I’ve heard many students talking about feeling depleted and burnt out and tending more toward procrastination at this juncture in the semester. It’s understandable, common every spring, but also not inevitable. But, given all that’s going on, it can be a problem that needs to be addressed.
When exhausted or overwhelmed, we can get into a behavioral pattern or cycle of avoidance because our energy and attention are really taxed, which in turn contributes to putting off important tasks in favor of unimportant, less-demanding ones or simply escaping distractions like YouTube videos or social media. Don’t beat yourself up about it, but if this cycle of avoidance sounds familiar, try watching this TEDx Princeton talk to understand the roots of procrastination and use this TEDEd lesson to prevent or overcome procrastination and break the cycle.
The avoidance cycle typically starts with a bit of dread or anxiety about a task (paper, p-set, etc.) that may be effortful, require reaching out for help, or be challenging in some ways. When we open our laptop to start that p-set an uncomfortable feeling rises in our gut. That feeling unsettles and dissuades us from getting started and instead we are distracted (or attracted) to another activity that is less demanding or provides relief from our discomfort. This aversion/diversion can “work” in the short-run--we no longer feel as intensely the dread or anxiety that agitated us and unsettled our mind—and so our avoidance is reinforced. We may do ‘necessary’ but less important tasks (e.g. email) or engage in mindgames to justify (and there are lots of legitimate justifications right now) escape into entertainment or distractions. Once we stop engaging in these diversions, however, we often feel GREATER anxiety or dread as we realize that we are in a worse situation as a result of our actions because the task remains and we have less time to do it (and, often, don’t feel more refreshed or energized as we’d hope). This can lead us to feel guilty and berate ourselves, thus adding these unhelpful feelings to our dread and contributing to our feeling of overwhelm which further compromises our clarity of decision-making and strategizing. That’s a lot to deal with; no wonder we feel stuck. This cascade of behaviors feeds on itself and worsens our situation while reinforcing itself. We may feel like we’ve dug ourselves a hole and are continuing to deepen it even as we are aware that we are doing so and that the consequences will be bad for us.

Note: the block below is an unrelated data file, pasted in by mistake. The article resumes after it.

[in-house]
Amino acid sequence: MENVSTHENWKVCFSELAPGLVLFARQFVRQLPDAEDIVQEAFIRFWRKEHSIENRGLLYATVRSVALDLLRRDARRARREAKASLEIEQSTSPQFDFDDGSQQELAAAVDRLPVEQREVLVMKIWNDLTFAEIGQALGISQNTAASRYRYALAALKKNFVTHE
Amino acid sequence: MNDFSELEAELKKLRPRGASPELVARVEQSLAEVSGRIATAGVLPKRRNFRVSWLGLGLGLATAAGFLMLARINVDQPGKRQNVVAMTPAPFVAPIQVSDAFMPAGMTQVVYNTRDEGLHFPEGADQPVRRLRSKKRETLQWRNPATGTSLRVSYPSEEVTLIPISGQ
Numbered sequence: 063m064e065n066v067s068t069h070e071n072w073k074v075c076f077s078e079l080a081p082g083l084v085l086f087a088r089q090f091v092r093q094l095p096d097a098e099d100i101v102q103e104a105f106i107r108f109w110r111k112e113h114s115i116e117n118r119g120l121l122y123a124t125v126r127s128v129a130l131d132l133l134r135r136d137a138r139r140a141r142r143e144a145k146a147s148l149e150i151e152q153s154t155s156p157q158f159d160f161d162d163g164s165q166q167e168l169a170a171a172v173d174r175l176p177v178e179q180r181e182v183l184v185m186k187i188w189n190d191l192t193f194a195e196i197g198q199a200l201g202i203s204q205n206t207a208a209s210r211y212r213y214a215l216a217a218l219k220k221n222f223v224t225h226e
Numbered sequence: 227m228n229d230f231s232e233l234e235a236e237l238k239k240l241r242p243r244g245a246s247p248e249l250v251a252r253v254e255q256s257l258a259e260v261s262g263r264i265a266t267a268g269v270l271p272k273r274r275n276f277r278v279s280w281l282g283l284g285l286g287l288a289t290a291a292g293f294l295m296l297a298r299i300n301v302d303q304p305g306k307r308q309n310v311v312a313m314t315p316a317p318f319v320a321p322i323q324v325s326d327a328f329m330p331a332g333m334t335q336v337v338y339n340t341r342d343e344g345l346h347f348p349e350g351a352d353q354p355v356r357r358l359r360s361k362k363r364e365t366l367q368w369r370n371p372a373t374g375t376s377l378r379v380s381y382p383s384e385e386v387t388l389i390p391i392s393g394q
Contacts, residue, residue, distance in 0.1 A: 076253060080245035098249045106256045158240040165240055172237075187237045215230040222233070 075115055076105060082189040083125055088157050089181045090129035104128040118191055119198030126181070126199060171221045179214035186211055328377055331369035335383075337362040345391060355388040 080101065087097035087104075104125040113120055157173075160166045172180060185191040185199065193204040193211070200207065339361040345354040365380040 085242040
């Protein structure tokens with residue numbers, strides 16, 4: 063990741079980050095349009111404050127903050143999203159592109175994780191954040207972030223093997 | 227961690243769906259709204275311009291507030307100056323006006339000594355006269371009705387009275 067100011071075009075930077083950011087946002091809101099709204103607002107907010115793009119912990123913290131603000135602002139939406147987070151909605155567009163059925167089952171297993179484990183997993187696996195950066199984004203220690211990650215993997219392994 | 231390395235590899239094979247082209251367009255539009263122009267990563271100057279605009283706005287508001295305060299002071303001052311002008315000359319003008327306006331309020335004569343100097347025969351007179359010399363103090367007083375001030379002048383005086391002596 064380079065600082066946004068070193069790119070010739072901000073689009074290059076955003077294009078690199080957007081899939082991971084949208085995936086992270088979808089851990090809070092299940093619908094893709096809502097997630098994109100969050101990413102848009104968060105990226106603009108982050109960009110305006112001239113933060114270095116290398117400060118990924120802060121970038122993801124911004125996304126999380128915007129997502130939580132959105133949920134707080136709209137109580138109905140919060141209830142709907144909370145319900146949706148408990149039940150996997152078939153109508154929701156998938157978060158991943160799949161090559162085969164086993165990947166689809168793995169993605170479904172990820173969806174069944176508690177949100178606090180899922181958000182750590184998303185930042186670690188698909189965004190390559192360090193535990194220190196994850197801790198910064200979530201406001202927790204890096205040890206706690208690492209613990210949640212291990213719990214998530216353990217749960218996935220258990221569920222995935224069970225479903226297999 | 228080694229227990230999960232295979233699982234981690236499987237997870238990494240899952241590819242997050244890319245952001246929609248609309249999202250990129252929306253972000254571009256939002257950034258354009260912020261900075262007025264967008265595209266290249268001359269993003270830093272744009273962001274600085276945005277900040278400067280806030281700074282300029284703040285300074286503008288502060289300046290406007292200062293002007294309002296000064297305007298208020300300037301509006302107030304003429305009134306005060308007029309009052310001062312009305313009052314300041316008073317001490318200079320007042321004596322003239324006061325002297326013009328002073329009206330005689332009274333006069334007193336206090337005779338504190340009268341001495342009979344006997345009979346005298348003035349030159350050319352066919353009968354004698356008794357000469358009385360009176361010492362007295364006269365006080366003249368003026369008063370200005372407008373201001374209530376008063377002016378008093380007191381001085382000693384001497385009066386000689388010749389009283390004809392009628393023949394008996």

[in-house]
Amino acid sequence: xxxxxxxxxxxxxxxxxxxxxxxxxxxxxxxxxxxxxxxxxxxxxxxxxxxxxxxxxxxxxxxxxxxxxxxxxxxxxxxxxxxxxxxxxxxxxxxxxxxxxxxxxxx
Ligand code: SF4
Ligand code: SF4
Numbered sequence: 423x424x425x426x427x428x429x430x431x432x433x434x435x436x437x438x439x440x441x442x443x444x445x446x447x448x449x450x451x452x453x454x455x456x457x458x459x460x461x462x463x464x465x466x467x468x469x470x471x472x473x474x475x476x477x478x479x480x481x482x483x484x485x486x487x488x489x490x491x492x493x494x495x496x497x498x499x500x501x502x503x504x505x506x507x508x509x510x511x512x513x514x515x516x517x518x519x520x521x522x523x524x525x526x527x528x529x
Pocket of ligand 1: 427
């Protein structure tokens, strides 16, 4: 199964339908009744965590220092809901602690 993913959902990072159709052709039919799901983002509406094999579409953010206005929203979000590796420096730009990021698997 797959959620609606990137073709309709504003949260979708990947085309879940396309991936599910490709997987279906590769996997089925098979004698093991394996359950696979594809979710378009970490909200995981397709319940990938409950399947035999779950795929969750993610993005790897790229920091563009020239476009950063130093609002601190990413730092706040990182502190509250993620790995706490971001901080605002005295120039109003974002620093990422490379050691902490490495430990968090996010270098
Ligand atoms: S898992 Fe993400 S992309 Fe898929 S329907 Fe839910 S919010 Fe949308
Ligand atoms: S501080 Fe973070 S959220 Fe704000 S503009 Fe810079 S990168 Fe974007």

It may not be simple or easy to break this cycle, but it is important to point out that most of us who have experienced it have also gotten out of it. We’ve gotten on track and devoted our efforts to the necessary activity or task and got it done. So, there is hope, and hope is a good first step. Getting rest and relaxation to energize ourselves is another good step. We all need rest and relaxation, so the point of the examination of the cycle above is not that taking a break from work is bad or wrong—it’s actually essential for productivity and wellbeing. Rather, the point is to demonstrate that you must take care of yourself to manage stress in order to make progress on tasks that matter to you and are effortful and require time and attention. If you are seeking rejuvenation by taking breaks (highly recommended), ask yourself whether scrolling social media and watching a string of videos is truly providing rejuvenation. If not, you probably want to interrupt this cycle by giving yourself a genuine break, putting aside work for a demarcated time (set an alarm) and reducing mental stimulation and cognitive load and doing something that lifts your mood and builds energy. Disconnecting from all media, listening (or better yet dancing) to some upbeat music, exercising for 5-10 minutes, having a quick nutritious snack, or meditating, praying or just ‘non-doing’ and ‘being’ for a set period of time can all be rejuvenating, adding to your energy.
Maybe you are concerned that if you stop working at all, you won’t resume working. Understood. That’s why it’s important to plan a BREAK—not just plan stopping. After all, a break has a starting AND ending time. To ensure you return to meaningful tasks, set a timer, write out the concrete steps you will take to resume or start the task (and put it where you’ll see it before scrolling on your phone, etc.), arrange your physical space and materials to make avoidance/distraction harder and getting started easier (close your laptop, put your textbook on top of it with a pen and post-it notes), and limit the amount of time you plan to work (say 30-60 minutes) so that you don’t dread an interminable study marathon the thought of which can dissuade you from getting started. Manage your virtual environment by closing out of unhelpful programs, using blocking apps like Intention and the ironically named Self-Control, or simply go offline and put your phone in another space, out of sight and easy access.
This is one way to interrupt an avoidance cycle and ignite a productive engagement cycle instead. Use other techniques, if you have them. Meet with a McGraw learning consultant to learn still more. For other techniques and tools, including “motivational stacking, for preventing and overcoming procrastination, watch the TEDx talk and use the TEDEd lesson mentioned above.